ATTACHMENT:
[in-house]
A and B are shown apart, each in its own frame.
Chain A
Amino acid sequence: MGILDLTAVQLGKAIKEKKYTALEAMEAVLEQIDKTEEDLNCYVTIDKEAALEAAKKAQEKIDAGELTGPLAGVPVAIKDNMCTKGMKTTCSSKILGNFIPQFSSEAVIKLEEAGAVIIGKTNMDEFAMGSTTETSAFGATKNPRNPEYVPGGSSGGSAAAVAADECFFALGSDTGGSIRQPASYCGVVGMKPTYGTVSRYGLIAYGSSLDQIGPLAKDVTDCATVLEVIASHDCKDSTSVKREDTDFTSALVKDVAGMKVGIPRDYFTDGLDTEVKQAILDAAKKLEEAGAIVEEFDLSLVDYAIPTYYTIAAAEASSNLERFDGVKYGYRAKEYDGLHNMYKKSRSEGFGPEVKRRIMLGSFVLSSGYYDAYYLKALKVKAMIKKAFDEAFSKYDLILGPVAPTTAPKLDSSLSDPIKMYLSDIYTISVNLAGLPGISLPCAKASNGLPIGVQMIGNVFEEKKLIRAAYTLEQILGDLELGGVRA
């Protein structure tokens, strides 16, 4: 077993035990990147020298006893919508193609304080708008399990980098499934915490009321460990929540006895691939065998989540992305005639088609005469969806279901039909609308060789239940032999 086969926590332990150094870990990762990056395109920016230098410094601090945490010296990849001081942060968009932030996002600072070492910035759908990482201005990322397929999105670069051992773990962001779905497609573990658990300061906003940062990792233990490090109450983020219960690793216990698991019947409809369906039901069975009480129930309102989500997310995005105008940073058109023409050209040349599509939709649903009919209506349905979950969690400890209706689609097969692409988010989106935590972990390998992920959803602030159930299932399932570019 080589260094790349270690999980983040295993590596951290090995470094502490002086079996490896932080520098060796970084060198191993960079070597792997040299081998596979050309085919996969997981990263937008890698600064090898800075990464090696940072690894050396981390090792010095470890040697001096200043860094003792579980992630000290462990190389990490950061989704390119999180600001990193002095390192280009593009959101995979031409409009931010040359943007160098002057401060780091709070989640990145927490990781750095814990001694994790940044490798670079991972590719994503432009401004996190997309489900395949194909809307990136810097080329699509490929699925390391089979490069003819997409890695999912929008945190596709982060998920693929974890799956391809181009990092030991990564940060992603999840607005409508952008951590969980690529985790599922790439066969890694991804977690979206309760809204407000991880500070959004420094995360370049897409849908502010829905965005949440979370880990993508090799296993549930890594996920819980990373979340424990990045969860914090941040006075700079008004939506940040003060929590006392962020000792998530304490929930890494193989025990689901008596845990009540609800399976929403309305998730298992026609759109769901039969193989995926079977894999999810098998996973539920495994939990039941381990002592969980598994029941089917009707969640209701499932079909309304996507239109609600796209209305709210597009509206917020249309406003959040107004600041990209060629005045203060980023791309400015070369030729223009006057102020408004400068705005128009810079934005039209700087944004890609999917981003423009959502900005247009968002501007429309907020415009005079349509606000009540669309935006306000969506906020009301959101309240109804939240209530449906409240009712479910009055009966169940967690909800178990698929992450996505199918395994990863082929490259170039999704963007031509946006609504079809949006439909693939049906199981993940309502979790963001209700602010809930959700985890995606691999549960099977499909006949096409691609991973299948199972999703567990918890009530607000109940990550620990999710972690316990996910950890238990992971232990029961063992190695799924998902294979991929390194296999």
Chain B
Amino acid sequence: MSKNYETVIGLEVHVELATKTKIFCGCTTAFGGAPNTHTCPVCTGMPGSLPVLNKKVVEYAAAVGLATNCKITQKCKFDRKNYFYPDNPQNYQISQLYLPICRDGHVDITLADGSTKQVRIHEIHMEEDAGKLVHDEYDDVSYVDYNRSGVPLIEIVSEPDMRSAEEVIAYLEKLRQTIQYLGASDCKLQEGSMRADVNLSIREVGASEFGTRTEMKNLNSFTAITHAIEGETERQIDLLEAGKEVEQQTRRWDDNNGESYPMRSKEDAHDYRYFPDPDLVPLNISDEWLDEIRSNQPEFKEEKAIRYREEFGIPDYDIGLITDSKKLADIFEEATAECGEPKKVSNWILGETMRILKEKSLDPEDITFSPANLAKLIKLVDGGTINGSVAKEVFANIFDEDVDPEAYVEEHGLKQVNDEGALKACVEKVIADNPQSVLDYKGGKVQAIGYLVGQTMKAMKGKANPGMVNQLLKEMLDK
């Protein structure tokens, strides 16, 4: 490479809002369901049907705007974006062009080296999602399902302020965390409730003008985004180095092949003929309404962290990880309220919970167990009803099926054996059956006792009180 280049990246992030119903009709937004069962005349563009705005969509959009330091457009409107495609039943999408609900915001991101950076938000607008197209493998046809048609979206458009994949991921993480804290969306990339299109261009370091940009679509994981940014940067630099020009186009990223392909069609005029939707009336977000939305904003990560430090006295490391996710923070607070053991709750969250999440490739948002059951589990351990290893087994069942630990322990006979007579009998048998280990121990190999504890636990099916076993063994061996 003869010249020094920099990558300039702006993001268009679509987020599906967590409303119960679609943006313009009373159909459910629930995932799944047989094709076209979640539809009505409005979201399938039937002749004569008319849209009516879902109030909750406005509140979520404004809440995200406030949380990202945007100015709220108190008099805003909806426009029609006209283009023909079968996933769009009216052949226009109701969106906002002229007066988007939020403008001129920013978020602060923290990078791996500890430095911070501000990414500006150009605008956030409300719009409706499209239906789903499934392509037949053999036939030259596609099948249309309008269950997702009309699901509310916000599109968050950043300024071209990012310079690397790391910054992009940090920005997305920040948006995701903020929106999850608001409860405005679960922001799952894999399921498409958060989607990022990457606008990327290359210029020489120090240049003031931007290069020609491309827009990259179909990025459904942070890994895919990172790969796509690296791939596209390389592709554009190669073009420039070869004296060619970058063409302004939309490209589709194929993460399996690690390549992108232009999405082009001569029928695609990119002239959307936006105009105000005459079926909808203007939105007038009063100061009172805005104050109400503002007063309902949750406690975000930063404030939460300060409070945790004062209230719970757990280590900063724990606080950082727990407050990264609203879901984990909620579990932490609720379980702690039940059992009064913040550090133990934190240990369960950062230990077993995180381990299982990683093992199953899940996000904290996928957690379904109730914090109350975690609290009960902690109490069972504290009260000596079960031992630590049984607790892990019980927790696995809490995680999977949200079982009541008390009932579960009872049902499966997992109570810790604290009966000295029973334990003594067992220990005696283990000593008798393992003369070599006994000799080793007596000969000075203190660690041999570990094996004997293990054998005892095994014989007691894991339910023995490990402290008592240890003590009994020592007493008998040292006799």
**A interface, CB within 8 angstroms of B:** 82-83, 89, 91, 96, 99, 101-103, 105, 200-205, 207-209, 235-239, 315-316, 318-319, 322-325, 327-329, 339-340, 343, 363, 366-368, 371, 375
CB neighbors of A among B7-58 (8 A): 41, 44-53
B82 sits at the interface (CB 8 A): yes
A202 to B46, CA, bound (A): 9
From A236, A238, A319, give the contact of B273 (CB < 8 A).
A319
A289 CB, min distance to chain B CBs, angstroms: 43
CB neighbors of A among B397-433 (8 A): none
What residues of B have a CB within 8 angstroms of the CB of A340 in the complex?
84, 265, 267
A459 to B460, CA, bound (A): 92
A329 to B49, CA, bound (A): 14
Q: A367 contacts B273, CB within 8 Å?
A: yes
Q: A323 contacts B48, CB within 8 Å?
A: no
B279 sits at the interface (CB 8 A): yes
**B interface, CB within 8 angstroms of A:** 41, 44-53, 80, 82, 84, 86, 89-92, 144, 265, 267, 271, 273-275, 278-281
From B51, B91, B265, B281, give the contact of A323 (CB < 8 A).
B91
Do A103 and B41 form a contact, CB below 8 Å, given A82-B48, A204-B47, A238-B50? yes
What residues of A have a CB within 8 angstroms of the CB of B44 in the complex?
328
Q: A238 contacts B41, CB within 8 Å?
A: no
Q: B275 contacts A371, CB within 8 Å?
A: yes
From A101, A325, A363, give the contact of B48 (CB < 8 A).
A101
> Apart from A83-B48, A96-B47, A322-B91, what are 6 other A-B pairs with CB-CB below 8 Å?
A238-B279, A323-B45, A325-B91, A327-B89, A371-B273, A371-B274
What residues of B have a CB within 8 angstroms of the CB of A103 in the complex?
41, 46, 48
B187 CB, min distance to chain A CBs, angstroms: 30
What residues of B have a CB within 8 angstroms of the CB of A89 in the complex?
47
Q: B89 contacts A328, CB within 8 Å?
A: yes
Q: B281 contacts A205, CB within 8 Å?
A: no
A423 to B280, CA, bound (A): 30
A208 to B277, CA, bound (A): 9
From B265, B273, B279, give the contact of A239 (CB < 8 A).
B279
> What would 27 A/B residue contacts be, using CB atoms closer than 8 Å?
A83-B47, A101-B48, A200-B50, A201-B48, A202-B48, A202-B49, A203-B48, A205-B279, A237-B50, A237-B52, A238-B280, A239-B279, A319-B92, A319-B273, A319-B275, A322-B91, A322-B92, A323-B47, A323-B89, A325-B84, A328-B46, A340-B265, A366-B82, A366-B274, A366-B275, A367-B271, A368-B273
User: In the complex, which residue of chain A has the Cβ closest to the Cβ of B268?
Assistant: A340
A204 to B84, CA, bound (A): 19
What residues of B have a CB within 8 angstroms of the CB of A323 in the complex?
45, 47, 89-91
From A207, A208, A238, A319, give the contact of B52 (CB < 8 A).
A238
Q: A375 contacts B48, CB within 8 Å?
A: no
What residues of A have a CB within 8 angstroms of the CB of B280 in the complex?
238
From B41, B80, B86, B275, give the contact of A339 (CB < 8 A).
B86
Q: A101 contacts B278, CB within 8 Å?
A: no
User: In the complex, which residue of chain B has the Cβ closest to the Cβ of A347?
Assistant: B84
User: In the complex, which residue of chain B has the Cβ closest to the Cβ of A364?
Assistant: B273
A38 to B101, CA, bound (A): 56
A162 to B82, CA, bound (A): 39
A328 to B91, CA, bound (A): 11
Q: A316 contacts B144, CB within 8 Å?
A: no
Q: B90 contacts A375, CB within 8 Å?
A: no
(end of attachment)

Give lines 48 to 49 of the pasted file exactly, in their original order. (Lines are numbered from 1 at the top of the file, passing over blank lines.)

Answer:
A: no
A423 to B280, CA, bound (A): 30